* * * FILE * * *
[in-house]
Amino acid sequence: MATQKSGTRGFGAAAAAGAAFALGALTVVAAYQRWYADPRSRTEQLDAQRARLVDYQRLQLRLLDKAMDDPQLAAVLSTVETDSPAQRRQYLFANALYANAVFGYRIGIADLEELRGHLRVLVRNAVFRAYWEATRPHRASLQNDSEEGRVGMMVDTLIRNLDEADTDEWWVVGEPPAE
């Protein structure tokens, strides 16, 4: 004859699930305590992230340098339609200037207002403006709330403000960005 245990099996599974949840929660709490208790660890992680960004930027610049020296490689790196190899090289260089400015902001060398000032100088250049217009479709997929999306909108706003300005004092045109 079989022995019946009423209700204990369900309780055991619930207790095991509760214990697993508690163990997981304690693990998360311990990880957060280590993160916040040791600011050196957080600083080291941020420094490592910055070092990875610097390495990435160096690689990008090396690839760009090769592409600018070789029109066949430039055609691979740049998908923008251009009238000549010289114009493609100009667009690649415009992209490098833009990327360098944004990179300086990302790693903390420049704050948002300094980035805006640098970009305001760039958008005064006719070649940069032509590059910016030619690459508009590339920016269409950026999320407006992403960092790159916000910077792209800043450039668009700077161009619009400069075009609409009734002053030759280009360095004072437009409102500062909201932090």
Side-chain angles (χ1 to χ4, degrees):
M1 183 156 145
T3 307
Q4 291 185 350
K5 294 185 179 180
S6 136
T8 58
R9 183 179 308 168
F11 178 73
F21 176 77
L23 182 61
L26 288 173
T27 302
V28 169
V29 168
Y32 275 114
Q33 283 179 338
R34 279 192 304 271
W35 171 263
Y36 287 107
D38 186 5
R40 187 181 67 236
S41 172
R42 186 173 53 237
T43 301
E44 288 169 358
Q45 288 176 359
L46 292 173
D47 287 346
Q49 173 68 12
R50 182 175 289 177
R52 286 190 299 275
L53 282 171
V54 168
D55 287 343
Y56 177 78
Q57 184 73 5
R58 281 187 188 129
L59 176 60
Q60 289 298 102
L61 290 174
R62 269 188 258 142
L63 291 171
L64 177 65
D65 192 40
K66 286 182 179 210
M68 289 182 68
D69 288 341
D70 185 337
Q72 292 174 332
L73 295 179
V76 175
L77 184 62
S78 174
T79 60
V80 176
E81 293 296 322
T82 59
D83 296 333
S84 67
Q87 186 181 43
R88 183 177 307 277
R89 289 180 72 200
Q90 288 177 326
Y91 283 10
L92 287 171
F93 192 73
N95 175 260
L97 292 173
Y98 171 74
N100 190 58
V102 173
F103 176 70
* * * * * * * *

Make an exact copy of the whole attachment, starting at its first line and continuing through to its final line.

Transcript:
[in-house]
Amino acid sequence: MATQKSGTRGFGAAAAAGAAFALGALTVVAAYQRWYADPRSRTEQLDAQRARLVDYQRLQLRLLDKAMDDPQLAAVLSTVETDSPAQRRQYLFANALYANAVFGYRIGIADLEELRGHLRVLVRNAVFRAYWEATRPHRASLQNDSEEGRVGMMVDTLIRNLDEADTDEWWVVGEPPAE
């Protein structure tokens, strides 16, 4: 004859699930305590992230340098339609200037207002403006709330403000960005 245990099996599974949840929660709490208790660890992680960004930027610049020296490689790196190899090289260089400015902001060398000032100088250049217009479709997929999306909108706003300005004092045109 079989022995019946009423209700204990369900309780055991619930207790095991509760214990697993508690163990997981304690693990998360311990990880957060280590993160916040040791600011050196957080600083080291941020420094490592910055070092990875610097390495990435160096690689990008090396690839760009090769592409600018070789029109066949430039055609691979740049998908923008251009009238000549010289114009493609100009667009690649415009992209490098833009990327360098944004990179300086990302790693903390420049704050948002300094980035805006640098970009305001760039958008005064006719070649940069032509590059910016030619690459508009590339920016269409950026999320407006992403960092790159916000910077792209800043450039668009700077161009619009400069075009609409009734002053030759280009360095004072437009409102500062909201932090």
Side-chain angles (χ1 to χ4, degrees):
M1 183 156 145
T3 307
Q4 291 185 350
K5 294 185 179 180
S6 136
T8 58
R9 183 179 308 168
F11 178 73
F21 176 77
L23 182 61
L26 288 173
T27 302
V28 169
V29 168
Y32 275 114
Q33 283 179 338
R34 279 192 304 271
W35 171 263
Y36 287 107
D38 186 5
R40 187 181 67 236
S41 172
R42 186 173 53 237
T43 301
E44 288 169 358
Q45 288 176 359
L46 292 173
D47 287 346
Q49 173 68 12
R50 182 175 289 177
R52 286 190 299 275
L53 282 171
V54 168
D55 287 343
Y56 177 78
Q57 184 73 5
R58 281 187 188 129
L59 176 60
Q60 289 298 102
L61 290 174
R62 269 188 258 142
L63 291 171
L64 177 65
D65 192 40
K66 286 182 179 210
M68 289 182 68
D69 288 341
D70 185 337
Q72 292 174 332
L73 295 179
V76 175
L77 184 62
S78 174
T79 60
V80 176
E81 293 296 322
T82 59
D83 296 333
S84 67
Q87 186 181 43
R88 183 177 307 277
R89 289 180 72 200
Q90 288 177 326
Y91 283 10
L92 287 171
F93 192 73
N95 175 260
L97 292 173
Y98 171 74
N100 190 58
V102 173
F103 176 70